A plan to pump up to $1 trillion into infrastructure by luring private investors won’t win public support if it means new tolls on existing roads and bridges, according to a new poll.

In Washington Post-ABC News poll, 66 percent of those surveyed said they oppose a plan that would grant close to $140 billion in tax credits to investors who put their money into roads, bridges and transit in return for the right to impose tolls.

While the survey question made no mention of the incoming president, prior to the election Donald J. Trump proposed giving private investors an 82 percent tax credit to put money into projects, credits that theoretically would reduce their need to profit from the investment.

Trump said his plan would lead to up to $1 trillion worth of new projects. He said the more than $137 billion cost of the tax credit would balance out because tax revenue would be recouped by taxing the wages of people put to work on the projects and from taxes paid by contractors hired to do the work.

But even with tax credit incentives, investors are unlikely to put their money into projects that don’t provide a revenue stream, most likely in the form of tolls on roads and bridges.

The question asked in the Post-ABC poll was:

There is a proposal to offer nearly 140 billion dollars in tax cuts for private companies if they pay to build new roads, bridges and transportation projects. The companies then could charge tolls for people to use these roads, bridges and transportation. Do you support or oppose this proposal? Do you feel that way strongly or somewhat?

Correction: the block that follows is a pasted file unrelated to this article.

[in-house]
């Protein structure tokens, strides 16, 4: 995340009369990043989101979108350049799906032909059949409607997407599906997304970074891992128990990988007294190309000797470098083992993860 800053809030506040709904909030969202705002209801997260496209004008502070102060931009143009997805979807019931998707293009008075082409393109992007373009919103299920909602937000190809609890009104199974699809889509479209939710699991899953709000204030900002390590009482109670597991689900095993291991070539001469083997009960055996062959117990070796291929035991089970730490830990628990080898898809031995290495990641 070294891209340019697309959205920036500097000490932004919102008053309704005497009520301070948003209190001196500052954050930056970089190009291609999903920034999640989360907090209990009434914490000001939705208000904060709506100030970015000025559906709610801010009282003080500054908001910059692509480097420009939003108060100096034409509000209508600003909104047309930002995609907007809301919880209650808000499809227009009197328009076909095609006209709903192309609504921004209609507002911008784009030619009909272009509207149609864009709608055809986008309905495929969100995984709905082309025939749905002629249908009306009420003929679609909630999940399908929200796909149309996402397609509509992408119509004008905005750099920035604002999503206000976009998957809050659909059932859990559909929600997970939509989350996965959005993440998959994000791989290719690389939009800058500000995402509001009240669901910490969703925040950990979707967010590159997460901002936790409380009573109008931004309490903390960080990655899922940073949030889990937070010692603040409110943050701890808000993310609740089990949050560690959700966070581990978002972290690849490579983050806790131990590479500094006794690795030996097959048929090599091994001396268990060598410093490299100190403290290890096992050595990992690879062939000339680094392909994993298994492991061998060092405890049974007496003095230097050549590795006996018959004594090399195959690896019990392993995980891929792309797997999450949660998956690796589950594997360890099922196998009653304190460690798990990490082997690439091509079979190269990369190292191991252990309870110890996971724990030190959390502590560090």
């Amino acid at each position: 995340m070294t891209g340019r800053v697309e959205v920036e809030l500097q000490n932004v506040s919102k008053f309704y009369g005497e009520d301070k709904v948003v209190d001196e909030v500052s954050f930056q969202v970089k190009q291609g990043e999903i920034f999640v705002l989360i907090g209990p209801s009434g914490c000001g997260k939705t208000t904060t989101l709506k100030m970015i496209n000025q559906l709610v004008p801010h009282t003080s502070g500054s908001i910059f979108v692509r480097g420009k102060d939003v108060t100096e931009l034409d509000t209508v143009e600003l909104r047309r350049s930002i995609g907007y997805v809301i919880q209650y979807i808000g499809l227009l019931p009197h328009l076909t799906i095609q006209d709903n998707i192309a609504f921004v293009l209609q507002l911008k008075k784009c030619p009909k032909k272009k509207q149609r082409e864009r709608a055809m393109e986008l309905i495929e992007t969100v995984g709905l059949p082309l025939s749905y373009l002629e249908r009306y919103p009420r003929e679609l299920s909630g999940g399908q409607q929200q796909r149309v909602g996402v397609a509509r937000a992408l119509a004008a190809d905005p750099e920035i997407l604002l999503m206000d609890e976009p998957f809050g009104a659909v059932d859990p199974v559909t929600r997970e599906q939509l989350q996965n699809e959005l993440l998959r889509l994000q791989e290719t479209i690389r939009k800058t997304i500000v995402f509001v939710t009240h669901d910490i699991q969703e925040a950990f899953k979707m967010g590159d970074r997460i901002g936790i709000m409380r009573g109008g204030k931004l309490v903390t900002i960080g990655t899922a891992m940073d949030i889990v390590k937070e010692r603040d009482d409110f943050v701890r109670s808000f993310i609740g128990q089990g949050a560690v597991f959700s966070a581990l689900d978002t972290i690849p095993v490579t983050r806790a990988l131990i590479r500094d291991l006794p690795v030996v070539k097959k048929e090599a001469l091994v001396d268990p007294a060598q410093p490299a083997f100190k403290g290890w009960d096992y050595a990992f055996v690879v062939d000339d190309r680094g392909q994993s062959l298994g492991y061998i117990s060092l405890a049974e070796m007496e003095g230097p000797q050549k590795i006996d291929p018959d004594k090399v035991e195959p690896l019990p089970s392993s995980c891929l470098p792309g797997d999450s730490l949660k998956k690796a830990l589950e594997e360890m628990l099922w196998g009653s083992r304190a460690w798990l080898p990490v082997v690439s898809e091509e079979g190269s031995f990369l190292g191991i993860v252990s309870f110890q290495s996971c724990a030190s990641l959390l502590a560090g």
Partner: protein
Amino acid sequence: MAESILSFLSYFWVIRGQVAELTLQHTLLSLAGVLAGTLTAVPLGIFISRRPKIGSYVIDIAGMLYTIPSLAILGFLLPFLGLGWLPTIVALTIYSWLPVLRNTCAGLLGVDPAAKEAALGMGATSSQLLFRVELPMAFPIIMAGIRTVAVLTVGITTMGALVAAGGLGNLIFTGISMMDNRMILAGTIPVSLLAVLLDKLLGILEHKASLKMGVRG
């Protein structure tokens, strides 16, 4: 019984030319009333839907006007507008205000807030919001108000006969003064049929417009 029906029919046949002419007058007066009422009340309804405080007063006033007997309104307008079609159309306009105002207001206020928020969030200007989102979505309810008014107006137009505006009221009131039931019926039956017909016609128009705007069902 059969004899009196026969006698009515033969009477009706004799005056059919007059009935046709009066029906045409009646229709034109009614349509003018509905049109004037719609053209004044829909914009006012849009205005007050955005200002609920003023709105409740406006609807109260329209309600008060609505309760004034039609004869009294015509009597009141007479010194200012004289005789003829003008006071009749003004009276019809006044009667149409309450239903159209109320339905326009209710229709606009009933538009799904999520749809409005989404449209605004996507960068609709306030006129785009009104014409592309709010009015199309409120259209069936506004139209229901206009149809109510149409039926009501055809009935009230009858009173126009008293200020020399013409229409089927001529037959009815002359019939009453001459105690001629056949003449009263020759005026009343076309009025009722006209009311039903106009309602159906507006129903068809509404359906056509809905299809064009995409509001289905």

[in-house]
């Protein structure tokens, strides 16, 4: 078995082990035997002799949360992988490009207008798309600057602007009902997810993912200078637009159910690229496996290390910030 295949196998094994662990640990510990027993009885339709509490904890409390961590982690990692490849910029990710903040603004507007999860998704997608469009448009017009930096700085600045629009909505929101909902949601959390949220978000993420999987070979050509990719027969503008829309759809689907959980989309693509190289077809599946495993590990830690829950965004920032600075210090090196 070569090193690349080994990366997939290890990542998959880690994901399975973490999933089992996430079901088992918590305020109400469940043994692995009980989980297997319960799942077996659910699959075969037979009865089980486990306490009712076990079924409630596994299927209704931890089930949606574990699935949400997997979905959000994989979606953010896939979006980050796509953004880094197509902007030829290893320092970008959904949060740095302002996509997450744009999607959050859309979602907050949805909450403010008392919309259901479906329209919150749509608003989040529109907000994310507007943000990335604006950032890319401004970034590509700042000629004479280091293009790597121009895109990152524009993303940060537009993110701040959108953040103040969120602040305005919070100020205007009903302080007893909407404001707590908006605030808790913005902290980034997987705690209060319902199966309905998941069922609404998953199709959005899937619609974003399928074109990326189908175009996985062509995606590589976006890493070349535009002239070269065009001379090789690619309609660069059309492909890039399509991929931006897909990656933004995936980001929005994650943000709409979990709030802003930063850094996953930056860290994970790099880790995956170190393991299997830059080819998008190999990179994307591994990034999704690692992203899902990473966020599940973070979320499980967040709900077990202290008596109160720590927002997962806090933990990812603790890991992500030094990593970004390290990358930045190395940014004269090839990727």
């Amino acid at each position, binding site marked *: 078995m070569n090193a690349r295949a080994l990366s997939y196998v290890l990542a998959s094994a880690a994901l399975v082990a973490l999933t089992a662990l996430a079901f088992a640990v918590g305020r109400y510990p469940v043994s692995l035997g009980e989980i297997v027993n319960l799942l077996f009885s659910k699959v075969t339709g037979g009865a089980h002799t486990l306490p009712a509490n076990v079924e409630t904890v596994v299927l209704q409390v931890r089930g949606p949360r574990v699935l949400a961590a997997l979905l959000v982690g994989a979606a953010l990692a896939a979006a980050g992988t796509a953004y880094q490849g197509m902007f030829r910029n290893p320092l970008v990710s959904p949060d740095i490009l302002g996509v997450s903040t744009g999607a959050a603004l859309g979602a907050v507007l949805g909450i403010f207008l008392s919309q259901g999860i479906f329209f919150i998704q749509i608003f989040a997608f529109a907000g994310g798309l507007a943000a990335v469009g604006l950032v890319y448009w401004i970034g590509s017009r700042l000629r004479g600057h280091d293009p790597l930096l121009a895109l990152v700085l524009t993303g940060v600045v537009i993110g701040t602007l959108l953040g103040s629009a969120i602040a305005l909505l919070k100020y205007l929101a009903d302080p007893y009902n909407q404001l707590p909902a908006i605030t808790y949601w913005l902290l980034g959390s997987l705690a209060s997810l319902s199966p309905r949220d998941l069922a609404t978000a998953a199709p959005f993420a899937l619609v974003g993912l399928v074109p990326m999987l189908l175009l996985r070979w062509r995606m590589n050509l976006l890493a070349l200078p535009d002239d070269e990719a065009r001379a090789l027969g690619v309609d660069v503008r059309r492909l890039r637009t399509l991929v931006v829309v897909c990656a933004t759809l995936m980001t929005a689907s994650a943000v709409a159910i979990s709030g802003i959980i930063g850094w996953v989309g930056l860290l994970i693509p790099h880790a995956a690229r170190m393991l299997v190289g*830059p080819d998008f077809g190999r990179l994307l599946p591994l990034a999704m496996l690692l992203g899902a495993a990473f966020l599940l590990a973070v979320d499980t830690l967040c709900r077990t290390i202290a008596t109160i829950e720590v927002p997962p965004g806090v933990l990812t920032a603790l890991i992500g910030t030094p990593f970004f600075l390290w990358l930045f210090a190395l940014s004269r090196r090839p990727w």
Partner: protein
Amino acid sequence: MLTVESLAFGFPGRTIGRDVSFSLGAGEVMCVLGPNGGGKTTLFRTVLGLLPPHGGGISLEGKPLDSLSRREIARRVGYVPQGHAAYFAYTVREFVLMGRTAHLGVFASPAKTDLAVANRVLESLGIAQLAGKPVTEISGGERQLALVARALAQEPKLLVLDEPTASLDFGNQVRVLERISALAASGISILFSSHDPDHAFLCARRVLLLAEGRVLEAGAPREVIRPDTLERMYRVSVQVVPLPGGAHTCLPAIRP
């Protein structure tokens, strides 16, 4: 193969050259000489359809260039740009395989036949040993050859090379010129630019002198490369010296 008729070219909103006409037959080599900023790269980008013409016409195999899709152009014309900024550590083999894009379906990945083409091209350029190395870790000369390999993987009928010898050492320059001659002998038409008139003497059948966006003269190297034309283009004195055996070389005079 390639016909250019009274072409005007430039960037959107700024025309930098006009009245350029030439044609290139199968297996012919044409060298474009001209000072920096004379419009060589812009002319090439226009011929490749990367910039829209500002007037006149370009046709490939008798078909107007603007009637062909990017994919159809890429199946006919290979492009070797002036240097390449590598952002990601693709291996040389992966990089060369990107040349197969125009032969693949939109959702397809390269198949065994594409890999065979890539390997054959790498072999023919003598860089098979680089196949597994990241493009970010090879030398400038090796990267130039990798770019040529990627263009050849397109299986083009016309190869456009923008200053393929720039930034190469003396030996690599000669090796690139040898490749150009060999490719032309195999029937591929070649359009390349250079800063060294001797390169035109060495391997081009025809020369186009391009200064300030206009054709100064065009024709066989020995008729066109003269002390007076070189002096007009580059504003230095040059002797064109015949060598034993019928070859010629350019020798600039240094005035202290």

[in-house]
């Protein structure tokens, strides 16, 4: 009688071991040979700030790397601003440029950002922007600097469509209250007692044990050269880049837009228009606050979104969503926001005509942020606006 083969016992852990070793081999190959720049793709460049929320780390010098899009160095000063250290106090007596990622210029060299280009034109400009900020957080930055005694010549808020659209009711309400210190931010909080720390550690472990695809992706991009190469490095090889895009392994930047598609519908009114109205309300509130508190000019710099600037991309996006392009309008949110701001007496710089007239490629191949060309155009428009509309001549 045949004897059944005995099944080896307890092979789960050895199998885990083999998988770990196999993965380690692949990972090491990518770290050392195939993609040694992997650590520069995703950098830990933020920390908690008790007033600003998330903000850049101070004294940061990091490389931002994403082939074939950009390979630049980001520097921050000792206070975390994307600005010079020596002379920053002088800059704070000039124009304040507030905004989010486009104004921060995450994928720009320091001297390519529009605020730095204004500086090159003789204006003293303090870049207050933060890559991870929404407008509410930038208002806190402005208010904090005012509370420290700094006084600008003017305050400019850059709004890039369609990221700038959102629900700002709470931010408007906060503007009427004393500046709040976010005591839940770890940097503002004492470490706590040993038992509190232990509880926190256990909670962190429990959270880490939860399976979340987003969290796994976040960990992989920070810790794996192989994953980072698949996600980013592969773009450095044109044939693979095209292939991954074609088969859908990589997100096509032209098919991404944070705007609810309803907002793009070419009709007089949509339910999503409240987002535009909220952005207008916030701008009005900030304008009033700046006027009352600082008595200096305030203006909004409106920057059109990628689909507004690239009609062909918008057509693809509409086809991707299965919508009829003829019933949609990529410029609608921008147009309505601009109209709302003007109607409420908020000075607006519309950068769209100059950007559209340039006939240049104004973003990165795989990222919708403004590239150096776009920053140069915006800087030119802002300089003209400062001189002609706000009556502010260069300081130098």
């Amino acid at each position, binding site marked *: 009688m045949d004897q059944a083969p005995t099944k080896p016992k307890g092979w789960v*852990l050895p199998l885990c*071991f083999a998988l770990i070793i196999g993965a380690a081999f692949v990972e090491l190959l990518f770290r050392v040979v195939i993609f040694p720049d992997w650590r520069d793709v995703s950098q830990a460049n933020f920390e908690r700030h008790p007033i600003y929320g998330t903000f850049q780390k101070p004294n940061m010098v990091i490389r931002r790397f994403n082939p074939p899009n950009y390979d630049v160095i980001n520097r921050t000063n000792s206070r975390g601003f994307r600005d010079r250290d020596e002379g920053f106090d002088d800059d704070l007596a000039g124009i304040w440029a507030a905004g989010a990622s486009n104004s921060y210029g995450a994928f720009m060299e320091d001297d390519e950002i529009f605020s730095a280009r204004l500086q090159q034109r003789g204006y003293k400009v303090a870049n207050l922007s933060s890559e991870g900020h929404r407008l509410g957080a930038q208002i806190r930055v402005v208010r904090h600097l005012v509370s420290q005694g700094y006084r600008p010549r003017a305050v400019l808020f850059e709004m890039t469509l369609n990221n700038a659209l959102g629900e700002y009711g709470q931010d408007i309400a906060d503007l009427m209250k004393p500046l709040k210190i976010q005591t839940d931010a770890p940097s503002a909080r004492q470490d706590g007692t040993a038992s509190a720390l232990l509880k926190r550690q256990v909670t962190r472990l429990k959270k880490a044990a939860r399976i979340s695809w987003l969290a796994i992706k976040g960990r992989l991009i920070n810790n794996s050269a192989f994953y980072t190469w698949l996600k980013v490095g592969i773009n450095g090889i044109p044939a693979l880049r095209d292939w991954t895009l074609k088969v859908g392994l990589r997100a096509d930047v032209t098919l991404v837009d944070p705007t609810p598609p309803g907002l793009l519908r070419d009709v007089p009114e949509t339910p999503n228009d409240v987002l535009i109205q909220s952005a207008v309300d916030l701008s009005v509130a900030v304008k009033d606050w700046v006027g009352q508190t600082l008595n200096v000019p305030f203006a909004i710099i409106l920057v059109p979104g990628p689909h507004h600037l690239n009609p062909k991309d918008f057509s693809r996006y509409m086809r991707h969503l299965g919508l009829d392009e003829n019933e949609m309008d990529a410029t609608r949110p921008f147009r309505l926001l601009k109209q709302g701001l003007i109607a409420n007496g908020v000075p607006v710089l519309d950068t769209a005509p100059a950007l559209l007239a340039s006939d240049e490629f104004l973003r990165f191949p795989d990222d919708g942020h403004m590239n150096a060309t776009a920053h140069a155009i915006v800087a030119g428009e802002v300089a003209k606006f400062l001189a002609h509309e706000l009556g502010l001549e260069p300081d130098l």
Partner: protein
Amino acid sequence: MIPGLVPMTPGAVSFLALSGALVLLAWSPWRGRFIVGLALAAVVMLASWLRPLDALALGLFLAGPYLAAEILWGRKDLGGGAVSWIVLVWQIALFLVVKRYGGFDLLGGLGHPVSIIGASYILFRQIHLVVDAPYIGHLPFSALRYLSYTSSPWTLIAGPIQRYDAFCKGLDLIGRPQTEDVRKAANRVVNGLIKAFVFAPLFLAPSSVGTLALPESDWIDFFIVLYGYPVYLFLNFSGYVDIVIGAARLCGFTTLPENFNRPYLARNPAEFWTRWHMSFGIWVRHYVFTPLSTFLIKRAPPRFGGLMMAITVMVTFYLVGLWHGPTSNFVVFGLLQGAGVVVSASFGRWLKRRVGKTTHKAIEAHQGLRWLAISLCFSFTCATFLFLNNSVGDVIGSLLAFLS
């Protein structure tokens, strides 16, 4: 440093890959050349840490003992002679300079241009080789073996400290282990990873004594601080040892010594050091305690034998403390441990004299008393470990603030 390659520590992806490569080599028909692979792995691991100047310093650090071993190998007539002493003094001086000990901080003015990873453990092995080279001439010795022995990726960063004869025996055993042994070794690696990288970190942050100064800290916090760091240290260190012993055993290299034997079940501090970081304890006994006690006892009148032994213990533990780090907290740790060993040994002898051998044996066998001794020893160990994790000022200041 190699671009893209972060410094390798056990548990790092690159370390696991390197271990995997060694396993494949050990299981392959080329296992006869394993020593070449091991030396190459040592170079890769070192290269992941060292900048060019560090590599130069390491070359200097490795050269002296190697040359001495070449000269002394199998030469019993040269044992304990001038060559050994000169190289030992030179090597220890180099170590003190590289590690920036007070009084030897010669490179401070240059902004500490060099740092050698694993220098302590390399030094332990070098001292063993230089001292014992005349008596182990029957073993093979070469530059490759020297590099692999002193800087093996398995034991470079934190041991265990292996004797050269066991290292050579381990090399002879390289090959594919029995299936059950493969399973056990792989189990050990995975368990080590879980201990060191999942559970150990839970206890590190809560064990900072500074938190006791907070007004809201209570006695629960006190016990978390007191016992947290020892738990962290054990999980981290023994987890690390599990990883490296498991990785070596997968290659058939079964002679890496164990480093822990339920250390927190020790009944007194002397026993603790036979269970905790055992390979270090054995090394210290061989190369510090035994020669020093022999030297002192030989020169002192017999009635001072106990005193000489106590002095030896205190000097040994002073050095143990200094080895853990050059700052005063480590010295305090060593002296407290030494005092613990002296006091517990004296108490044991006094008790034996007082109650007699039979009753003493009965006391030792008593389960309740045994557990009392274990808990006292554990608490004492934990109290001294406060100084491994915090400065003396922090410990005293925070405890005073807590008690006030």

Only 29 percent of the 1,005 people polled said they would support that plan, with 11 percent saying they backed it strongly and another 18 percent saying they were somewhat supportive. In contrast, 44 percent said they were strongly opposed to the idea and 22 percent said they were somewhat opposed.

At her confirmation hearing last week, Trump’s nominee to head the Department of Transportation, Elaine L. Chao, addressed the issue of where funds will be found for infrastructure investment.

“As we work together to develop the details of the president-elect’s infrastructure plan, it’s important to note the significant difference between traditional program funding and other innovative financing tools, such as public- private partnerships,” Chao said. “In order to take full advantage of the estimated trillions in capital that equity firms, pension funds, and endowments can invest, these partnerships must be allowed to participate with a bold new vision.”

The thinking of Trump and Chao may be augmented by a new panel the president-elect is planning to review how the $1 trillion he expects to raise will be spent. In an interview with the Wall Street Journal on Friday, Trump said he plans name two real estate developers — Steven Roth and Richard LeFrak — to head the new panel.

The Post-ABC poll was conducted by telephone Jan. 12-15, 2017, including landline and cellphone respondents. Overall results have a margin of sampling error of plus or minus 3.5 percentage points.